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The Jesuit final exam




I wasn’t lucky enough to know Reverend Anderson Bakewell, S. J. (Society of Jesus) before he died in 1999 at age 86. But my friend Steve Bodio knew him well and hunted with him.

Hunted? Yes—Bakewell was not your ordinary priest, even for a Jesuit. In the 1930s he collected reptiles and amphibians in Mexico and South America for the St. Louis Zoo (and had several of them named after him). In 1941 he climbed Mt. Wood in the St. Elias Range, at that time the highest unclimbed peak in North America. He went on to be the youngest member of H.W. Tilman’s attempt on Mt. Everest in 1950, the first from the south, which would prove Hillary’s and Norgay’s successful route three years later. In the meantime he earned a bachelor’s degree and did graduate work in astronomy, mathematics, and philosophy. Oh, and in 1942 he entered the Society of Jesus and did missionary work in India (where he helped prepare antivenom for snake bite treatment) and Alaska (where his parish comprised 35,000 square miles). And became a member of the Explorers Club along the way. And compiled a modest arsenal of fine weapons, including a .416 Rigby which a British officer friend got for him for $75 (they go for $20,000 today).


Bakewell in his Santa Fe home

Recently Bakewell’s biographer sent Steve a (presumably tongue-in-cheek) clip from a mid-80s Jesuit newsletter in his effects, titled “Jesuit Final Exam.” If you’re familiar with Heinlein’s classic “Specialization is for insects” quote from Time Enough for Love, this will strike you as sort of the same concept . . . on crack. Steve wonders whether, especially given the rifle reference, Bakewell might have had a heavy hand in concocting this.

INSTRUCTIONS: Read each question carefully. Answer all questions. Time limit: four hours. Begin immediately.

HISTORY: Describe the history of the papacy from its origins to the present day, concentrating especially, but not exclusively, on its social, political, economic, religious, and philosophical impact on Europe, Asia, America, and Africa. Be brief, concise, and specific.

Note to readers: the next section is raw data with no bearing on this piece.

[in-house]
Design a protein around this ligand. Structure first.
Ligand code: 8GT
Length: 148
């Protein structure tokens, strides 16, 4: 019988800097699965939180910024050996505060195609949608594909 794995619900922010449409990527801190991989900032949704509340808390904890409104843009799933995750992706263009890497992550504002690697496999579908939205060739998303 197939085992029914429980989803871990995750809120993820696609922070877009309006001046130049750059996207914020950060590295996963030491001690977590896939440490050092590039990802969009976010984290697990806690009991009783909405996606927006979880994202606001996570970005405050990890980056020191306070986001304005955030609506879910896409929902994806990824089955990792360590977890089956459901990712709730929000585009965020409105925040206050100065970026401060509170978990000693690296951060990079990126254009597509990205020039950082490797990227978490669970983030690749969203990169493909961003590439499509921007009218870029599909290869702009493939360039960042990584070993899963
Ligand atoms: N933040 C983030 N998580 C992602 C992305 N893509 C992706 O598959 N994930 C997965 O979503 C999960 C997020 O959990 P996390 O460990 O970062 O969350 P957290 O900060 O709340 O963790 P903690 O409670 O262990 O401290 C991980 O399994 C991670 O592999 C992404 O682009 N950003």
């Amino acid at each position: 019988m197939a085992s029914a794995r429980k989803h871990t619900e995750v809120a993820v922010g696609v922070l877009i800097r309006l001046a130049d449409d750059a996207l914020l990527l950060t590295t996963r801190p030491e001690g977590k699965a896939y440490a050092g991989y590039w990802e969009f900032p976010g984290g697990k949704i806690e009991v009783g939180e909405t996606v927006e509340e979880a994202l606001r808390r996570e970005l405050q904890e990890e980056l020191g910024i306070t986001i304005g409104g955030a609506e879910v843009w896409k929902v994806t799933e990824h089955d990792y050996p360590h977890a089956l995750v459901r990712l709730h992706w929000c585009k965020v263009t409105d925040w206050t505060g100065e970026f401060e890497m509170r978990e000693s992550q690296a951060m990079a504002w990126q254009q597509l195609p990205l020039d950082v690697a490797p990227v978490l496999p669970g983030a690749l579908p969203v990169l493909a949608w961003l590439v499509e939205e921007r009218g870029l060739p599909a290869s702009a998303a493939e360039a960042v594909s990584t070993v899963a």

MEDICINE: You have been provided with a razor blade, a piece of gauze, and a bottle of Scotch. Remove your appendix. Do not suture until your work has been inspected. You have fifteen minutes.

PUBLIC SPEAKING: Storming the classroom are 2500 riot-crazed aborigines. Calm them. You may use any ancient language except Latin or Greek.

BIOLOGY: Create life. Estimate the differences in subsequent human culture if this form of life had developed 500 million years earlier, with special attention to its probable effect on the English parliamentary system. Prove your thesis.

MUSIC: Write a piano concerto. Orchestrate and perform it with flute and drum. (You will find a piano under your seat).

PSYCHOLOGY: Estimate the sociological problems which might accompany the end of the world. Construct an experiment to test your theory.

ENGINEERING: The disassembled parts of a high-powered rifle have been placed in a box on your desk. You will also find an instruction manual, printed in Swahili. In ten minutes a hungry Bengal tiger will be admitted to the room. Take whatever action you feel appropriate. Be prepared to justify your decision.

ECONOMICS: Develop a realistic plan for refinancing the national debt. Trace the possible effects of your plan in the following areas: cubism, the Donatist controversy, the wave theory of light. Outline a method for preventing these effects. Criticize this method from all possible points of view, as demonstrated in your answer to the last question.

POLITICAL SCIENCE: There is a red telephone on the desk beside you. Start World War III. Report at length on its socio-political effects, if any.

EPISTEMOLOGY: Take a position for or against the truth. Prove the validity of your position.

PHYSICS: Explain the nature of matter. Include in your answer an evaluation of the impact of the development of mathematics on science.

PHILOSOPHY: Sketch the development of human thought; estimate its significance. Compare with the development of any other kind of thought.


I’ve occasionally mused on how many of Heinlein’s human skills I could claim (at last count I think I was pretty sure about 16, not counting of course “die gallantly,” which no one can claim until it actually happens). But the Jesuit list? Um . . . I could certainly assemble the rifle, even without the instructions. I have a rough concept of the development of human thought, and some pretty good theories as to the sociological problems that would accompany the end of the world.

And that’s about it.

Steve Bodio, left, and a 75-year-old Anderson Bakewell in Magdalena, New Mexico, in 1988

3 comments:

  1. Well done! Will doubtless have more after weekend...

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  2. I'm looking forward to the complete biography of Bakewell, Steve. You should have written it!

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  3. Actually Anne, who knew him rather longer, is an even better choice, with a combination of knowledge, loyalty and slight irreverence. Re the first, she was the first in a line of St John's students who took care of his house, and as a "Johnnie" she is familiar with research and the whole western intellectual tradition. As to the second, she tells me she drank champagne at breakfast and rode in the green Mustang with the polar bear license plates and shot the .416...

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